book deals with what was called in Ireland the
struggle for Catholic Emancipation. The slightly misleading title is copied
from the real contemporary struggle to emancipate Negro slaves in the British
Empire and in the United States.
The Catholics in the British Isles
were not slaves, and were largely free to practice their religion at least
discreetly. As there were different laws against them in England, Scotland, and Ireland it is
impossible to make statements which are universally applicable. Nevertheless,
it is true that most of the penal laws against Catholics had been repealed.
There were two major grievances left, the exclusion of Catholic gentlemen from
the higher civil and military offices particularly exclusion from Parliament,
and the exclusion of Catholic tradesmen from the corporations or governing bodies in the cities and towns. For various
reasons described in this book the passing of the necessary Acts of Parliament
was delayed from 1793 until 1829.
narrative never gets boring because of the intrinsic interest and ever-changing
nature of the events recorded. There were problems when Napoleon imprisoned the
Pope and the British tried to rescue him. The Catholic Church in the United States
as in other English-speaking countries was cut off from Rome. There
were problems when the Monsignor left in charge of affairs in Rome agreed
with Lord Castlereagh the British Foreign Secretary. There are the
interventions of Milner, and the confusion caused when he changed his mind.
There is Domestic Nomination proposed as the saving formula until it was found
that not even the Pope knew what it meant. There was the totally unpredictable
behaviour of George, Prince of Wales. There is the astonishment of the papal
court when the ever docile Irish flatly refused to accept a papal rescript even when the Pope endorsed it with a personal
letter. There is the blundering of the rustic friar who saw nothing wrong in
telling the Pope that his chief cardinal must be taking bribes from the
English. There is the episode of Napoleon’s ‘Hundred Days when Murat suddenly attacked Rome, and
everyone from the Pope down made haste to get behind the protection of the British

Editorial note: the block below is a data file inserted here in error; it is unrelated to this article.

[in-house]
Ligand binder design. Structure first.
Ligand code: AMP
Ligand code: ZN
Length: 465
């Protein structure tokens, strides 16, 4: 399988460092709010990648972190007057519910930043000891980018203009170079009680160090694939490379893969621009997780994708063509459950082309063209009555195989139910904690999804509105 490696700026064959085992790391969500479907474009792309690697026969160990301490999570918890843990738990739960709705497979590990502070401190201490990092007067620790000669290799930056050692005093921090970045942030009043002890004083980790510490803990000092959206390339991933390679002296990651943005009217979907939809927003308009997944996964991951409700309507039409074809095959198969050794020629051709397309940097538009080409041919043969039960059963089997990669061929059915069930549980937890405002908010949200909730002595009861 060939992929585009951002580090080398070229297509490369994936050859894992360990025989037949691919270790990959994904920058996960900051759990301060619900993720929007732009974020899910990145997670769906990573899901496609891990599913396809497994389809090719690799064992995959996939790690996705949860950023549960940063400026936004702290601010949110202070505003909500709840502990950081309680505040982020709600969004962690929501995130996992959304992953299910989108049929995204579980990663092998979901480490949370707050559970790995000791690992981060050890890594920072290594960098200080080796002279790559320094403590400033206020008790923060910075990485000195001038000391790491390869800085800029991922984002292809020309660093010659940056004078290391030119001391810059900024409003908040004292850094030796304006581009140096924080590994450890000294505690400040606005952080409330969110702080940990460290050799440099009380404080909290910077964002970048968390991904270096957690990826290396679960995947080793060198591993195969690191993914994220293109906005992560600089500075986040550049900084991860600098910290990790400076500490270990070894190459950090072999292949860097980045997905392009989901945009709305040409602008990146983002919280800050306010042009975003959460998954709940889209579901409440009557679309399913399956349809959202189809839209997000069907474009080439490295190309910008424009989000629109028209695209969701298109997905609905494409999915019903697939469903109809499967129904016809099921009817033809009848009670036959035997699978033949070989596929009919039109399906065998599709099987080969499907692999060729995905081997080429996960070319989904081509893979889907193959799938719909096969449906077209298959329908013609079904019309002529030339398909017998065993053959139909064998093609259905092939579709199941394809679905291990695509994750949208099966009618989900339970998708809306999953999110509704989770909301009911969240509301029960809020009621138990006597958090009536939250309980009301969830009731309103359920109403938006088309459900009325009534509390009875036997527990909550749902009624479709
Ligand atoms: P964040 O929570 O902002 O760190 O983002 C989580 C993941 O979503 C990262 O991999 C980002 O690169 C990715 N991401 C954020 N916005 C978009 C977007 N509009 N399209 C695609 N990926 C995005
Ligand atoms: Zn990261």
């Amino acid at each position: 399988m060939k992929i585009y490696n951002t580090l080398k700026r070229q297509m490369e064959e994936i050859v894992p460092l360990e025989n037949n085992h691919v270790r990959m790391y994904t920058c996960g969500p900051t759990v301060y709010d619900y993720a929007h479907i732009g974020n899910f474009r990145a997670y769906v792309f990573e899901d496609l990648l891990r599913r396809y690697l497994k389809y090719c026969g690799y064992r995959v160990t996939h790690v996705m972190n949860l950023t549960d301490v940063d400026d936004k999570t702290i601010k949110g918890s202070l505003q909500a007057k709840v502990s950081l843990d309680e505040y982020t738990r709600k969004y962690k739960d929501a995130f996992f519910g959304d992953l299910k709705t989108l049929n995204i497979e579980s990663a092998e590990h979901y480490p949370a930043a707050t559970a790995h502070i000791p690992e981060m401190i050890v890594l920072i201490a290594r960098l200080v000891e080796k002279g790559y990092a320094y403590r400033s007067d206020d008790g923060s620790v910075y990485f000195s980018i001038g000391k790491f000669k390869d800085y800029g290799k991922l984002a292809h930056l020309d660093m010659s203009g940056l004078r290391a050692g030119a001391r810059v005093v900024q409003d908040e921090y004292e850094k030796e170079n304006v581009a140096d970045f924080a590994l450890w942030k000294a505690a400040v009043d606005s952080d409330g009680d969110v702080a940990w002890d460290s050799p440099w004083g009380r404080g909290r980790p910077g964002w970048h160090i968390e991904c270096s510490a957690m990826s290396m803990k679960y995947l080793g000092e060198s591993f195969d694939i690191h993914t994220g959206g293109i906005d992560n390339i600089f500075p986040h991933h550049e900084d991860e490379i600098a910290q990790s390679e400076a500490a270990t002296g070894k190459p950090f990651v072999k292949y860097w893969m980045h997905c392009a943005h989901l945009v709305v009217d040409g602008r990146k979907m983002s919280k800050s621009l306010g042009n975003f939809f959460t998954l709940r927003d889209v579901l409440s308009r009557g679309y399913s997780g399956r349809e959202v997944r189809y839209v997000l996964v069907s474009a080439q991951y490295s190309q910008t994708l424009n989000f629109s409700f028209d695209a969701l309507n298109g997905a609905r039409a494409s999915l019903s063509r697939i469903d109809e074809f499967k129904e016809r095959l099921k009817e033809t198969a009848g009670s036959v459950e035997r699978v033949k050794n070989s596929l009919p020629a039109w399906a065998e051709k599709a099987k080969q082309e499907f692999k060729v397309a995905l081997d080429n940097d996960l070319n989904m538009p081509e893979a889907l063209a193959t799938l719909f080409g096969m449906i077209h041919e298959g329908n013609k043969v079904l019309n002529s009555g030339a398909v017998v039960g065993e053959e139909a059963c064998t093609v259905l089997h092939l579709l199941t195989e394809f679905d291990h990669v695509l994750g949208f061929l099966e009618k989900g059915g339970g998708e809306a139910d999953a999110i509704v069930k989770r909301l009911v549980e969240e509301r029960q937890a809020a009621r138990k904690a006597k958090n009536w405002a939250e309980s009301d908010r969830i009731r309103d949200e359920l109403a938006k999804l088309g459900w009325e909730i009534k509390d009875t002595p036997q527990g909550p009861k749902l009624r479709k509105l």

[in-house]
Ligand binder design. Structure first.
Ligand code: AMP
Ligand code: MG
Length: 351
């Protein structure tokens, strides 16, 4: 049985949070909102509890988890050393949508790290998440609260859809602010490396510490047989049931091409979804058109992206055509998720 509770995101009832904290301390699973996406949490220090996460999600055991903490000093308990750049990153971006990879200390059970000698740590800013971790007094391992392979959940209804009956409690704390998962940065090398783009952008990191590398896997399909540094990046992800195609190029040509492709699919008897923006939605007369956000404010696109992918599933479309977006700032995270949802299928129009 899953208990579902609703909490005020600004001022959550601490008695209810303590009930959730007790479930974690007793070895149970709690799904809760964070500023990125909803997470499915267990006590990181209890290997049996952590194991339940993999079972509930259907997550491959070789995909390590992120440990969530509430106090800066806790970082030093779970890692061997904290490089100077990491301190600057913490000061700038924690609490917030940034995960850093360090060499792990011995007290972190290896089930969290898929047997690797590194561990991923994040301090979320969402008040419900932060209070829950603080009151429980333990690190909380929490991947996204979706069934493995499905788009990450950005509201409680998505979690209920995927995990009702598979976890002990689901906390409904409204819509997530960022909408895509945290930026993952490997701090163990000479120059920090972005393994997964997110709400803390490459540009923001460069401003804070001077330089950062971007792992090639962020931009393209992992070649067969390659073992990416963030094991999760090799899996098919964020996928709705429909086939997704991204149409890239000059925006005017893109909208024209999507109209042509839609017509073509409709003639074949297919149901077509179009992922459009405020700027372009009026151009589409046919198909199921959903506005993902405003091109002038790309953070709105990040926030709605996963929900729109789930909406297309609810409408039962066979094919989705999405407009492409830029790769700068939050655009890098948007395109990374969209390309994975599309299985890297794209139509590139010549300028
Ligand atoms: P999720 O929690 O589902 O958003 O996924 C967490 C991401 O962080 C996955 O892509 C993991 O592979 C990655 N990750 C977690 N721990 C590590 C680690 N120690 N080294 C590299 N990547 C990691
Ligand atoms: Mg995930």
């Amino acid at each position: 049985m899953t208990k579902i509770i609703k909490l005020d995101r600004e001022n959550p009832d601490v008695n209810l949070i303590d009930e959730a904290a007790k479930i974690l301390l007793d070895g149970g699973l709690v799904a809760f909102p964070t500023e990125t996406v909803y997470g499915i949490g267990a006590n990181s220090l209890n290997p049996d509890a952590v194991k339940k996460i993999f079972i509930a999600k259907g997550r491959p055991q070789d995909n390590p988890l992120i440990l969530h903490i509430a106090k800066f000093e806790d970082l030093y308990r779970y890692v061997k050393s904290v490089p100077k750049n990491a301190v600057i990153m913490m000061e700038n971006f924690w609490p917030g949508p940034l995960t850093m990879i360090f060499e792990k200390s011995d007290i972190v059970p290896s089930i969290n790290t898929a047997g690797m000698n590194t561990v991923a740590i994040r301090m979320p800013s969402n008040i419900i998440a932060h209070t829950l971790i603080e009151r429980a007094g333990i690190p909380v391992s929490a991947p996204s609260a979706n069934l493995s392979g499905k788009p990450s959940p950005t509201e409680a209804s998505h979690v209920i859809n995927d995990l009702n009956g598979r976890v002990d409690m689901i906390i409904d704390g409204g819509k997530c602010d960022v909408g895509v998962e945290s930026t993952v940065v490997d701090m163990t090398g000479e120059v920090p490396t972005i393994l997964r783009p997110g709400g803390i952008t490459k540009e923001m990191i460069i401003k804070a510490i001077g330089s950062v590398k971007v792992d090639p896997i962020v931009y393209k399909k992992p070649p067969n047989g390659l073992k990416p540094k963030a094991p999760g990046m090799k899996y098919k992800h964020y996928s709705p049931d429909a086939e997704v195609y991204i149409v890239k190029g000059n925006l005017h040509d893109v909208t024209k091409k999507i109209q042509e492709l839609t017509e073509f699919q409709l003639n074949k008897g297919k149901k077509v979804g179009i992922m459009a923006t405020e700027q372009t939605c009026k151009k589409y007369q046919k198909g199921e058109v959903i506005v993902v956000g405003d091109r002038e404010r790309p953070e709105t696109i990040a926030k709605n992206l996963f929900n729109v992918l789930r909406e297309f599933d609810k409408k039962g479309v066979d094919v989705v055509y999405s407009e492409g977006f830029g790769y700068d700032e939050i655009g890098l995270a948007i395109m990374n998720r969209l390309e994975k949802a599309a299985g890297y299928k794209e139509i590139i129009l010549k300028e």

army at Genoa.
There is the extraordinary episode of the royal visit when all animosity was
temporarily put aside. There is the character of Daniel O’Connell for whose
actions no rational explanation ever suffices. There is the extraordinary
series of events which followed the establishment of the Catholic Association
in 1823 and the parallel development of the Orange
organisations. There was the sudden rise of the anti-Popery party in England which
nearly unseated Peel.
plan of the book was to write everything as far as possible in the order they
became known to the principal actors, namely the Catholic inhabitants of
Dublin. So if
two events occurred simultaneously, one in Dublin and
the other in London,
event would often not be known in Dublin
for nearly a week. As the events in Dublin were
often played out against a background of events in Britain and Europe,
it is necessary to keep track of these events as they occurred. As far as
possible I have grouped events according to the month in which they occurred.
drawback of this method is that a single connected series of events connected
with the Catholics in Dublin
tends to get spread into paragraphs separated by paragraphs detailing events
elsewhere. Also there is much repetition of very similar material. The process
of petitioning Parliament was repeated almost every year, the formation of a
committee to draw up resolutions, the calling of an Aggregate Meeting to adopt
them, the choosing of parliamentary sponsors, and the presentation of the
petition to parliament. But the events, though similar, were never identical.
book was written largely from what was printed in the pages of the
newspapers as the events occurred. The newspapers provided not only an account
of the events, but often the reasons for them. For example a Member of
Parliament, when introducing a piece of legislation, normally states the
existing law, its deficiencies, and the proposed remedies. Private
correspondence too, if it was important and germane was usually printed sooner
or later in the newspapers. Also too the events in the world at large were
reflected in the newspapers. For the first twenty two years of the period dealt
with, Europe was
embroiled in the Revolutionary and Napoleonic Wars, and the events concerning
them were of greater importance to most Protestants, than the
relieve of some not very onerous disabilities of the Catholics. Other
sources were consulted to fill out details.